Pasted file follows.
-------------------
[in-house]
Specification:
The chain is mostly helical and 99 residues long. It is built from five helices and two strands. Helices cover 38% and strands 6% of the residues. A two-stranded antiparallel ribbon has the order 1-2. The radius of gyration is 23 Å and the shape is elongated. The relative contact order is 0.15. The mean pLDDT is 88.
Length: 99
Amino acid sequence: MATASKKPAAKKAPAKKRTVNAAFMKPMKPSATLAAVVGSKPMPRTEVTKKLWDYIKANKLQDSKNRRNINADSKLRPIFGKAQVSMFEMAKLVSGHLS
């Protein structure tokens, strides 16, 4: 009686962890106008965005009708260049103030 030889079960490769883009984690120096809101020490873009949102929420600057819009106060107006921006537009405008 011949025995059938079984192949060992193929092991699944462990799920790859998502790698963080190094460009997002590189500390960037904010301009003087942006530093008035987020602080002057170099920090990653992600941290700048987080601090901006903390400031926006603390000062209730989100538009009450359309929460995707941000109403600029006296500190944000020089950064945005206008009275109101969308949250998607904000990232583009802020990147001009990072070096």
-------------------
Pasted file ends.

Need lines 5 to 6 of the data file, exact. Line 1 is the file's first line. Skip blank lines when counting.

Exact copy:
Amino acid sequence: MATASKKPAAKKAPAKKRTVNAAFMKPMKPSATLAAVVGSKPMPRTEVTKKLWDYIKANKLQDSKNRRNINADSKLRPIFGKAQVSMFEMAKLVSGHLS
């Protein structure tokens, strides 16, 4: 009686962890106008965005009708260049103030 030889079960490769883009984690120096809101020490873009949102929420600057819009106060107006921006537009405008 011949025995059938079984192949060992193929092991699944462990799920790859998502790698963080190094460009997002590189500390960037904010301009003087942006530093008035987020602080002057170099920090990653992600941290700048987080601090901006903390400031926006603390000062209730989100538009009450359309929460995707941000109403600029006296500190944000020089950064945005206008009275109101969308949250998607904000990232583009802020990147001009990072070096």